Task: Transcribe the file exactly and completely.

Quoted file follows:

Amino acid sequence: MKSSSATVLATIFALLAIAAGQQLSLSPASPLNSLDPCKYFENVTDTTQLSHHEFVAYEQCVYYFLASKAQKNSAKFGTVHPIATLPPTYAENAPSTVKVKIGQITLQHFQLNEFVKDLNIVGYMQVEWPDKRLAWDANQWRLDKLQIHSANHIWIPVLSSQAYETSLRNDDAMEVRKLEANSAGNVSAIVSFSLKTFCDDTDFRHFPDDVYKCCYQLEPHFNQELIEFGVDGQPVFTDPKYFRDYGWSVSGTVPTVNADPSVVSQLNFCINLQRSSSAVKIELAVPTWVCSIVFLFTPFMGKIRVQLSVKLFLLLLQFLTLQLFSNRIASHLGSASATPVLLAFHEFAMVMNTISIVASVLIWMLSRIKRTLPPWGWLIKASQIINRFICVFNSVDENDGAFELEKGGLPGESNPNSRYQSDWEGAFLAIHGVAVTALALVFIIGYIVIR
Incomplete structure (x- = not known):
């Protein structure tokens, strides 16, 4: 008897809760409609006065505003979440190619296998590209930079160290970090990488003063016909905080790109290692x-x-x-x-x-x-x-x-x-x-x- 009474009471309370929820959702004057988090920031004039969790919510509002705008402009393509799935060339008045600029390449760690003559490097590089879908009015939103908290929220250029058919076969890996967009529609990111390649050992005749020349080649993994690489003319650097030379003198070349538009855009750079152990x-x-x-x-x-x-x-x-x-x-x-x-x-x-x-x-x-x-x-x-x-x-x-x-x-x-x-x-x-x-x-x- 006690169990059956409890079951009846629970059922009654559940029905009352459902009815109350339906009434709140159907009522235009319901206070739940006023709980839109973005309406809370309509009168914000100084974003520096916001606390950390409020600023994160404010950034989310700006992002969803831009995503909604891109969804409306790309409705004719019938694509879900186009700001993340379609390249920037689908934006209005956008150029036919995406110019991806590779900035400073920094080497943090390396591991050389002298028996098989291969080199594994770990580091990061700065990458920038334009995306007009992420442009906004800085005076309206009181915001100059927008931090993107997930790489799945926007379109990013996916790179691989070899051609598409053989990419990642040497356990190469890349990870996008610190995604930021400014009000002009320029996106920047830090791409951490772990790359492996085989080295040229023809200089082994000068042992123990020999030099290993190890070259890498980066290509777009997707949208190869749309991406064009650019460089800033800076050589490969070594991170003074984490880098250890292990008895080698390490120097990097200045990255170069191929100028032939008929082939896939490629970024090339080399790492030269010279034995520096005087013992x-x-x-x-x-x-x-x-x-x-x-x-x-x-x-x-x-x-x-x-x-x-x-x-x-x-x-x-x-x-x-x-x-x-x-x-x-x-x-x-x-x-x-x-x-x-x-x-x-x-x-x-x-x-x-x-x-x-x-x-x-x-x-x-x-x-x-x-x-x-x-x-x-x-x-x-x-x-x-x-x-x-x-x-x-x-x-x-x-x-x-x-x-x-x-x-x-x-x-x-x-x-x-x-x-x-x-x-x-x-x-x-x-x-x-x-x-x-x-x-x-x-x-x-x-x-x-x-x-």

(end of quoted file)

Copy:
Amino acid sequence: MKSSSATVLATIFALLAIAAGQQLSLSPASPLNSLDPCKYFENVTDTTQLSHHEFVAYEQCVYYFLASKAQKNSAKFGTVHPIATLPPTYAENAPSTVKVKIGQITLQHFQLNEFVKDLNIVGYMQVEWPDKRLAWDANQWRLDKLQIHSANHIWIPVLSSQAYETSLRNDDAMEVRKLEANSAGNVSAIVSFSLKTFCDDTDFRHFPDDVYKCCYQLEPHFNQELIEFGVDGQPVFTDPKYFRDYGWSVSGTVPTVNADPSVVSQLNFCINLQRSSSAVKIELAVPTWVCSIVFLFTPFMGKIRVQLSVKLFLLLLQFLTLQLFSNRIASHLGSASATPVLLAFHEFAMVMNTISIVASVLIWMLSRIKRTLPPWGWLIKASQIINRFICVFNSVDENDGAFELEKGGLPGESNPNSRYQSDWEGAFLAIHGVAVTALALVFIIGYIVIR
Incomplete structure (x- = not known):
């Protein structure tokens, strides 16, 4: 008897809760409609006065505003979440190619296998590209930079160290970090990488003063016909905080790109290692x-x-x-x-x-x-x-x-x-x-x- 009474009471309370929820959702004057988090920031004039969790919510509002705008402009393509799935060339008045600029390449760690003559490097590089879908009015939103908290929220250029058919076969890996967009529609990111390649050992005749020349080649993994690489003319650097030379003198070349538009855009750079152990x-x-x-x-x-x-x-x-x-x-x-x-x-x-x-x-x-x-x-x-x-x-x-x-x-x-x-x-x-x-x-x- 006690169990059956409890079951009846629970059922009654559940029905009352459902009815109350339906009434709140159907009522235009319901206070739940006023709980839109973005309406809370309509009168914000100084974003520096916001606390950390409020600023994160404010950034989310700006992002969803831009995503909604891109969804409306790309409705004719019938694509879900186009700001993340379609390249920037689908934006209005956008150029036919995406110019991806590779900035400073920094080497943090390396591991050389002298028996098989291969080199594994770990580091990061700065990458920038334009995306007009992420442009906004800085005076309206009181915001100059927008931090993107997930790489799945926007379109990013996916790179691989070899051609598409053989990419990642040497356990190469890349990870996008610190995604930021400014009000002009320029996106920047830090791409951490772990790359492996085989080295040229023809200089082994000068042992123990020999030099290993190890070259890498980066290509777009997707949208190869749309991406064009650019460089800033800076050589490969070594991170003074984490880098250890292990008895080698390490120097990097200045990255170069191929100028032939008929082939896939490629970024090339080399790492030269010279034995520096005087013992x-x-x-x-x-x-x-x-x-x-x-x-x-x-x-x-x-x-x-x-x-x-x-x-x-x-x-x-x-x-x-x-x-x-x-x-x-x-x-x-x-x-x-x-x-x-x-x-x-x-x-x-x-x-x-x-x-x-x-x-x-x-x-x-x-x-x-x-x-x-x-x-x-x-x-x-x-x-x-x-x-x-x-x-x-x-x-x-x-x-x-x-x-x-x-x-x-x-x-x-x-x-x-x-x-x-x-x-x-x-x-x-x-x-x-x-x-x-x-x-x-x-x-x-x-x-x-x-x-």